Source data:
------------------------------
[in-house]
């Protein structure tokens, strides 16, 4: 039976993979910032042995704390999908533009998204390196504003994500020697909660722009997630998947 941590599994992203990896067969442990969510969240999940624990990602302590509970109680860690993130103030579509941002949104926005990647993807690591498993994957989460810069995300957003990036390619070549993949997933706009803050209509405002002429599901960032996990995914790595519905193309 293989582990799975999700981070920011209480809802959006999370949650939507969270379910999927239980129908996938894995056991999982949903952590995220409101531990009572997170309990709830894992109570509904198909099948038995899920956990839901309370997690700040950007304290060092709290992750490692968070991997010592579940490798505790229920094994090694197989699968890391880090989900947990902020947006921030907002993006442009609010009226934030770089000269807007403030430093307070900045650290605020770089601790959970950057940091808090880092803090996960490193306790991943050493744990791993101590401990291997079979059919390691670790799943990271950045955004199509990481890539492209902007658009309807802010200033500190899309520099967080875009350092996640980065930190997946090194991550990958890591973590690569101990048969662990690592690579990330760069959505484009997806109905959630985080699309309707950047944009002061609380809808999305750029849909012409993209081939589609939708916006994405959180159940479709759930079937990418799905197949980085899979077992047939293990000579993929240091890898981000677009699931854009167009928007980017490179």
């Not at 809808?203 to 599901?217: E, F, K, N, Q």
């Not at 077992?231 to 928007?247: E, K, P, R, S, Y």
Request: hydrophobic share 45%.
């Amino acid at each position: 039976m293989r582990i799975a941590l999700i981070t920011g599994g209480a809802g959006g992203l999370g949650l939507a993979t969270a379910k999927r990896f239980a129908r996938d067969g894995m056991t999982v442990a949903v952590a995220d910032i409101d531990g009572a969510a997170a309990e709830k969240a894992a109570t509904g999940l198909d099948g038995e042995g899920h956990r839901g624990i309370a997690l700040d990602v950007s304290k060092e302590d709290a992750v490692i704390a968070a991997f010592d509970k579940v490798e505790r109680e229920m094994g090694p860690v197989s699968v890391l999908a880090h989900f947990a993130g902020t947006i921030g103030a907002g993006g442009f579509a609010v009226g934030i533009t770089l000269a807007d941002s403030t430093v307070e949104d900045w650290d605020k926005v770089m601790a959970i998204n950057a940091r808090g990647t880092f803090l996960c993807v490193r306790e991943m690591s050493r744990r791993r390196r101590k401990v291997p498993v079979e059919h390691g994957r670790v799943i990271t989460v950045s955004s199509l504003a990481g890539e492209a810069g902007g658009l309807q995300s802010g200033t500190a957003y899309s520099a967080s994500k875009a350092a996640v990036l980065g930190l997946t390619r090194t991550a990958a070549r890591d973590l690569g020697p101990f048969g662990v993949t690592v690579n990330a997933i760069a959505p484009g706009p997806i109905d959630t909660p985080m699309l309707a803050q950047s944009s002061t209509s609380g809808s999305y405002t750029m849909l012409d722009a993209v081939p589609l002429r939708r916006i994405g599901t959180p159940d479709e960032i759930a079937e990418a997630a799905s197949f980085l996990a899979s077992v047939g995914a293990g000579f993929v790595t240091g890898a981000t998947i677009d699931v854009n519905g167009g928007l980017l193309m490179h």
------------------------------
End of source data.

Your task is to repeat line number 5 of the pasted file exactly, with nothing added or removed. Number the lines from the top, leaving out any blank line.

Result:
Request: hydrophobic share 45%.